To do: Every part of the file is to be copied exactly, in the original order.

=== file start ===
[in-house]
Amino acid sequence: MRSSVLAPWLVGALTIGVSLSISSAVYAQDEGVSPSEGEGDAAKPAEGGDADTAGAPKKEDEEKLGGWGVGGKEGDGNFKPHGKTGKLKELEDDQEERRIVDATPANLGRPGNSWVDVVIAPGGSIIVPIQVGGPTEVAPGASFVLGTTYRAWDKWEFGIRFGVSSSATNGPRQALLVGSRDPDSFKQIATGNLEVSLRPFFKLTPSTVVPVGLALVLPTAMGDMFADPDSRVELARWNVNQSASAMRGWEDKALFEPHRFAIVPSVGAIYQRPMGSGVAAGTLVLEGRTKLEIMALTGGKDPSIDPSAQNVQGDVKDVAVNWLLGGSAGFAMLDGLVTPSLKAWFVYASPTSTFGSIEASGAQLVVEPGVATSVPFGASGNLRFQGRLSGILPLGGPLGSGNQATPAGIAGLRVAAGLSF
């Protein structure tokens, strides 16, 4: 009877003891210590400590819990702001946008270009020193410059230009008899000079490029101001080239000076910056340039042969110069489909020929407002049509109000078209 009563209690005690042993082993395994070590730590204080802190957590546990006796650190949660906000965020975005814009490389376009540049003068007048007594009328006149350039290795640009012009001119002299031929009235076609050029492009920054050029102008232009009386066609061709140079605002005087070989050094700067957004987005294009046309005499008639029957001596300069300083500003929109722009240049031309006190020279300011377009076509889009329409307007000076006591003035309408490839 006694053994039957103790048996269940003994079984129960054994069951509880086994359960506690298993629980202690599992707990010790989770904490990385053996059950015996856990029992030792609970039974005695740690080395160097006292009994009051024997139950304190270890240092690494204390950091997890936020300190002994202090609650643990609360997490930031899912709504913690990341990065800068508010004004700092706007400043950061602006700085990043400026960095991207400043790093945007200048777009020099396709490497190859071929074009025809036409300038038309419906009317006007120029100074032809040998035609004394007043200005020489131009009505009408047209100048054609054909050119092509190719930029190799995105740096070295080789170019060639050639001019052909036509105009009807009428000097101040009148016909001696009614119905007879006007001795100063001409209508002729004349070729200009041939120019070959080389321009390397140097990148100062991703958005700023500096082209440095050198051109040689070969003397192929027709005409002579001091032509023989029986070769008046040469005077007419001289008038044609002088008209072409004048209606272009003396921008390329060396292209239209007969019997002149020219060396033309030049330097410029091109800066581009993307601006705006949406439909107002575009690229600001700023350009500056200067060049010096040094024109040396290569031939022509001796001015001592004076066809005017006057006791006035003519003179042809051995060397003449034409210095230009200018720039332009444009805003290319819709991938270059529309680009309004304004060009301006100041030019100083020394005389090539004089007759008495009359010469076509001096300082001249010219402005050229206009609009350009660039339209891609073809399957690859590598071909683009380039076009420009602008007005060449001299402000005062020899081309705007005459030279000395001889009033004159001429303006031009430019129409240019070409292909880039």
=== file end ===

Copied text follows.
[in-house]
Amino acid sequence: MRSSVLAPWLVGALTIGVSLSISSAVYAQDEGVSPSEGEGDAAKPAEGGDADTAGAPKKEDEEKLGGWGVGGKEGDGNFKPHGKTGKLKELEDDQEERRIVDATPANLGRPGNSWVDVVIAPGGSIIVPIQVGGPTEVAPGASFVLGTTYRAWDKWEFGIRFGVSSSATNGPRQALLVGSRDPDSFKQIATGNLEVSLRPFFKLTPSTVVPVGLALVLPTAMGDMFADPDSRVELARWNVNQSASAMRGWEDKALFEPHRFAIVPSVGAIYQRPMGSGVAAGTLVLEGRTKLEIMALTGGKDPSIDPSAQNVQGDVKDVAVNWLLGGSAGFAMLDGLVTPSLKAWFVYASPTSTFGSIEASGAQLVVEPGVATSVPFGASGNLRFQGRLSGILPLGGPLGSGNQATPAGIAGLRVAAGLSF
């Protein structure tokens, strides 16, 4: 009877003891210590400590819990702001946008270009020193410059230009008899000079490029101001080239000076910056340039042969110069489909020929407002049509109000078209 009563209690005690042993082993395994070590730590204080802190957590546990006796650190949660906000965020975005814009490389376009540049003068007048007594009328006149350039290795640009012009001119002299031929009235076609050029492009920054050029102008232009009386066609061709140079605002005087070989050094700067957004987005294009046309005499008639029957001596300069300083500003929109722009240049031309006190020279300011377009076509889009329409307007000076006591003035309408490839 006694053994039957103790048996269940003994079984129960054994069951509880086994359960506690298993629980202690599992707990010790989770904490990385053996059950015996856990029992030792609970039974005695740690080395160097006292009994009051024997139950304190270890240092690494204390950091997890936020300190002994202090609650643990609360997490930031899912709504913690990341990065800068508010004004700092706007400043950061602006700085990043400026960095991207400043790093945007200048777009020099396709490497190859071929074009025809036409300038038309419906009317006007120029100074032809040998035609004394007043200005020489131009009505009408047209100048054609054909050119092509190719930029190799995105740096070295080789170019060639050639001019052909036509105009009807009428000097101040009148016909001696009614119905007879006007001795100063001409209508002729004349070729200009041939120019070959080389321009390397140097990148100062991703958005700023500096082209440095050198051109040689070969003397192929027709005409002579001091032509023989029986070769008046040469005077007419001289008038044609002088008209072409004048209606272009003396921008390329060396292209239209007969019997002149020219060396033309030049330097410029091109800066581009993307601006705006949406439909107002575009690229600001700023350009500056200067060049010096040094024109040396290569031939022509001796001015001592004076066809005017006057006791006035003519003179042809051995060397003449034409210095230009200018720039332009444009805003290319819709991938270059529309680009309004304004060009301006100041030019100083020394005389090539004089007759008495009359010469076509001096300082001249010219402005050229206009609009350009660039339209891609073809399957690859590598071909683009380039076009420009602008007005060449001299402000005062020899081309705007005459030279000395001889009033004159001429303006031009430019129409240019070409292909880039």